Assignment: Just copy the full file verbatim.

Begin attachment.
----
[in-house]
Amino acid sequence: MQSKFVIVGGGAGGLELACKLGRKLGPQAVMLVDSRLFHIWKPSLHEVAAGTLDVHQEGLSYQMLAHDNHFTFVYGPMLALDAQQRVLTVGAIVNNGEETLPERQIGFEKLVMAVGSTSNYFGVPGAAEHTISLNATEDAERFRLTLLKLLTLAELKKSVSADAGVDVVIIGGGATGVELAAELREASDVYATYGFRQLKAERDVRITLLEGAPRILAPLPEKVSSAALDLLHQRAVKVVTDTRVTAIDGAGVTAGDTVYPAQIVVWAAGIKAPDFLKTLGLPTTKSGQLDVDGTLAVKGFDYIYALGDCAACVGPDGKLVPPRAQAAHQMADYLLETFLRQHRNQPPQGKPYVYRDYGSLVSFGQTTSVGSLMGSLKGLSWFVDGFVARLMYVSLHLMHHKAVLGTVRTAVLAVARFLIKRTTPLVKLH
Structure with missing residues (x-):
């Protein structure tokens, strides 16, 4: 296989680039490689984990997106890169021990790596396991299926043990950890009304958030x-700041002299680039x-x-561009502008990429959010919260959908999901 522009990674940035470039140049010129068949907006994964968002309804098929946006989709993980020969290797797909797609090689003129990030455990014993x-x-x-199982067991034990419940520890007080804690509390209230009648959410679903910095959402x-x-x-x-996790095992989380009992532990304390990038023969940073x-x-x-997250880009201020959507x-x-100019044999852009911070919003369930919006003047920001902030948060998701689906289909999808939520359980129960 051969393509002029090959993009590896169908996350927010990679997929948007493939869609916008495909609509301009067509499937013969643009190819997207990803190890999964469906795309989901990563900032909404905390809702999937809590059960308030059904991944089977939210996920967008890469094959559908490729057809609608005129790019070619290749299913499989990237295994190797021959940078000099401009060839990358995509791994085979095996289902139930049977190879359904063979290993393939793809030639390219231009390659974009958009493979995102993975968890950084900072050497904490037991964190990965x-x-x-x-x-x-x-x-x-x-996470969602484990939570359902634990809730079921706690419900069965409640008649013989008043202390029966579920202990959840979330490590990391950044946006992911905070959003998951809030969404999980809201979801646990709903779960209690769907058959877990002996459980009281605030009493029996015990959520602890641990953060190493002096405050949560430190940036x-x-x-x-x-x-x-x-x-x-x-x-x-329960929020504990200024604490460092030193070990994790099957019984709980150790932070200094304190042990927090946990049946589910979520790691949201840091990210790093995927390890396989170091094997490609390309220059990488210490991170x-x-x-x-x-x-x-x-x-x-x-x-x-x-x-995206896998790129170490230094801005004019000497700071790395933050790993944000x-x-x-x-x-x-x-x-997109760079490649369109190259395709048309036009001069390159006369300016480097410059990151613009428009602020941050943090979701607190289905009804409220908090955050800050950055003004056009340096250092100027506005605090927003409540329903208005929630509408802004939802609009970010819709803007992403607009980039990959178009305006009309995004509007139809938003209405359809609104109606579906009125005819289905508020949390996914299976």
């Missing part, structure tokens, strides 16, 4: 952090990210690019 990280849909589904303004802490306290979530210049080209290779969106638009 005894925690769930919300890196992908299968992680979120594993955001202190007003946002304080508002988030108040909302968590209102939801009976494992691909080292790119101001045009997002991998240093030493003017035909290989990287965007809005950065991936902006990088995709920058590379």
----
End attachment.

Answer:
[in-house]
Amino acid sequence: MQSKFVIVGGGAGGLELACKLGRKLGPQAVMLVDSRLFHIWKPSLHEVAAGTLDVHQEGLSYQMLAHDNHFTFVYGPMLALDAQQRVLTVGAIVNNGEETLPERQIGFEKLVMAVGSTSNYFGVPGAAEHTISLNATEDAERFRLTLLKLLTLAELKKSVSADAGVDVVIIGGGATGVELAAELREASDVYATYGFRQLKAERDVRITLLEGAPRILAPLPEKVSSAALDLLHQRAVKVVTDTRVTAIDGAGVTAGDTVYPAQIVVWAAGIKAPDFLKTLGLPTTKSGQLDVDGTLAVKGFDYIYALGDCAACVGPDGKLVPPRAQAAHQMADYLLETFLRQHRNQPPQGKPYVYRDYGSLVSFGQTTSVGSLMGSLKGLSWFVDGFVARLMYVSLHLMHHKAVLGTVRTAVLAVARFLIKRTTPLVKLH
Structure with missing residues (x-):
């Protein structure tokens, strides 16, 4: 296989680039490689984990997106890169021990790596396991299926043990950890009304958030x-700041002299680039x-x-561009502008990429959010919260959908999901 522009990674940035470039140049010129068949907006994964968002309804098929946006989709993980020969290797797909797609090689003129990030455990014993x-x-x-199982067991034990419940520890007080804690509390209230009648959410679903910095959402x-x-x-x-996790095992989380009992532990304390990038023969940073x-x-x-997250880009201020959507x-x-100019044999852009911070919003369930919006003047920001902030948060998701689906289909999808939520359980129960 051969393509002029090959993009590896169908996350927010990679997929948007493939869609916008495909609509301009067509499937013969643009190819997207990803190890999964469906795309989901990563900032909404905390809702999937809590059960308030059904991944089977939210996920967008890469094959559908490729057809609608005129790019070619290749299913499989990237295994190797021959940078000099401009060839990358995509791994085979095996289902139930049977190879359904063979290993393939793809030639390219231009390659974009958009493979995102993975968890950084900072050497904490037991964190990965x-x-x-x-x-x-x-x-x-x-996470969602484990939570359902634990809730079921706690419900069965409640008649013989008043202390029966579920202990959840979330490590990391950044946006992911905070959003998951809030969404999980809201979801646990709903779960209690769907058959877990002996459980009281605030009493029996015990959520602890641990953060190493002096405050949560430190940036x-x-x-x-x-x-x-x-x-x-x-x-x-329960929020504990200024604490460092030193070990994790099957019984709980150790932070200094304190042990927090946990049946589910979520790691949201840091990210790093995927390890396989170091094997490609390309220059990488210490991170x-x-x-x-x-x-x-x-x-x-x-x-x-x-x-995206896998790129170490230094801005004019000497700071790395933050790993944000x-x-x-x-x-x-x-x-997109760079490649369109190259395709048309036009001069390159006369300016480097410059990151613009428009602020941050943090979701607190289905009804409220908090955050800050950055003004056009340096250092100027506005605090927003409540329903208005929630509408802004939802609009970010819709803007992403607009980039990959178009305006009309995004509007139809938003209405359809609104109606579906009125005819289905508020949390996914299976």
């Missing part, structure tokens, strides 16, 4: 952090990210690019 990280849909589904303004802490306290979530210049080209290779969106638009 005894925690769930919300890196992908299968992680979120594993955001202190007003946002304080508002988030108040909302968590209102939801009976494992691909080292790119101001045009997002991998240093030493003017035909290989990287965007809005950065991936902006990088995709920058590379």